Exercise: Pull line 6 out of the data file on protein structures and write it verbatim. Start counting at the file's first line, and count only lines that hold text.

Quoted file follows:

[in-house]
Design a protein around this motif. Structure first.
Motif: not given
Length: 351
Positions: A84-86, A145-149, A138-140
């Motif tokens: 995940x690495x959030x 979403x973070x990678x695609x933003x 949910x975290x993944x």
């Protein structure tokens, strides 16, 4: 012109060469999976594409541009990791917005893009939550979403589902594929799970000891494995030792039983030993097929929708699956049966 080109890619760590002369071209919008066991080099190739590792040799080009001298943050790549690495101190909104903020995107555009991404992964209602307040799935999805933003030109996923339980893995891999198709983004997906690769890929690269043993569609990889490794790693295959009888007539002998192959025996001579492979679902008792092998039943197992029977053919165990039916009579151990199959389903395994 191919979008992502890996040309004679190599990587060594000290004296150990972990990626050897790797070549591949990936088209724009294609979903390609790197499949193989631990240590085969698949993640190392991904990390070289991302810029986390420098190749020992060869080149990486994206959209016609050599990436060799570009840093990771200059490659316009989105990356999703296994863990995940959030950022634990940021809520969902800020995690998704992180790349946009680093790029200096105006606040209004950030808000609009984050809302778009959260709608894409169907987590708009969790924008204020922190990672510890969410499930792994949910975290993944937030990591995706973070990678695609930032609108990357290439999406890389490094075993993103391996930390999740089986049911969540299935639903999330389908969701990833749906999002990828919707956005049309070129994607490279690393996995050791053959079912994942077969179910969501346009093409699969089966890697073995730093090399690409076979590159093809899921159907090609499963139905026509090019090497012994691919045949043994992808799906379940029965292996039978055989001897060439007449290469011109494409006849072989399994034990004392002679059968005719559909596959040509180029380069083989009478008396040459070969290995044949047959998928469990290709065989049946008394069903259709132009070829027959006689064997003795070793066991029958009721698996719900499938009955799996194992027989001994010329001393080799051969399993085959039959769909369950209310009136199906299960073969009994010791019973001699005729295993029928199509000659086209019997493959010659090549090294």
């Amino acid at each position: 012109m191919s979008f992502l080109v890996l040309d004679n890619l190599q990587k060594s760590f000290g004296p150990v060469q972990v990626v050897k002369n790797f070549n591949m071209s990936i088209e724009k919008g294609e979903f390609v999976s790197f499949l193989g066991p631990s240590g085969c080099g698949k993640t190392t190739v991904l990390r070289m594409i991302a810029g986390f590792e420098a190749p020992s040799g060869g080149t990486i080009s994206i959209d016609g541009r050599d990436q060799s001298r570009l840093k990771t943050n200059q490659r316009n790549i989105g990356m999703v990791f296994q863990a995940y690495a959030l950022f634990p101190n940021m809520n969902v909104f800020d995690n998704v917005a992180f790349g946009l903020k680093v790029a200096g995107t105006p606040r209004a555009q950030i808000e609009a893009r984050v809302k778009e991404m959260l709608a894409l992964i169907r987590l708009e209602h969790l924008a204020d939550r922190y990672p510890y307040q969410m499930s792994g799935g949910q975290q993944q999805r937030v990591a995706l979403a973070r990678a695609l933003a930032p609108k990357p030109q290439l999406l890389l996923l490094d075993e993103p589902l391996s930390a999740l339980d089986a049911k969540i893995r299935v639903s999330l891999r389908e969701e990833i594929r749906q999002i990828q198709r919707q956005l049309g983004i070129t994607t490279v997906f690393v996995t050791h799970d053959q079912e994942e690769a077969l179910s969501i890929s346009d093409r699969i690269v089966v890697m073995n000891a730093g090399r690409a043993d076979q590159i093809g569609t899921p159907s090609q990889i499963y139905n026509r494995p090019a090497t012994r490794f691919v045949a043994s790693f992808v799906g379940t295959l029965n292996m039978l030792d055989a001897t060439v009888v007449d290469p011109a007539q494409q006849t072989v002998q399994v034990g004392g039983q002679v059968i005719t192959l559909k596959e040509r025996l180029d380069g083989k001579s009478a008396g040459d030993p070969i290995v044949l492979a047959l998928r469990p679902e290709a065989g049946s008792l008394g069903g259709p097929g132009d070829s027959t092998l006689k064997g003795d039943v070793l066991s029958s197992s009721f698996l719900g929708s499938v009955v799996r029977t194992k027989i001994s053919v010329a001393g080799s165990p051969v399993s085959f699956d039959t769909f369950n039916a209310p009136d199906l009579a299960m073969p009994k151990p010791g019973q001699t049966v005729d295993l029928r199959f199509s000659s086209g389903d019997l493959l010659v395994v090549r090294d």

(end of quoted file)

């Motif tokens: 995940x690495x959030x 979403x973070x990678x695609x933003x 949910x975290x993944x």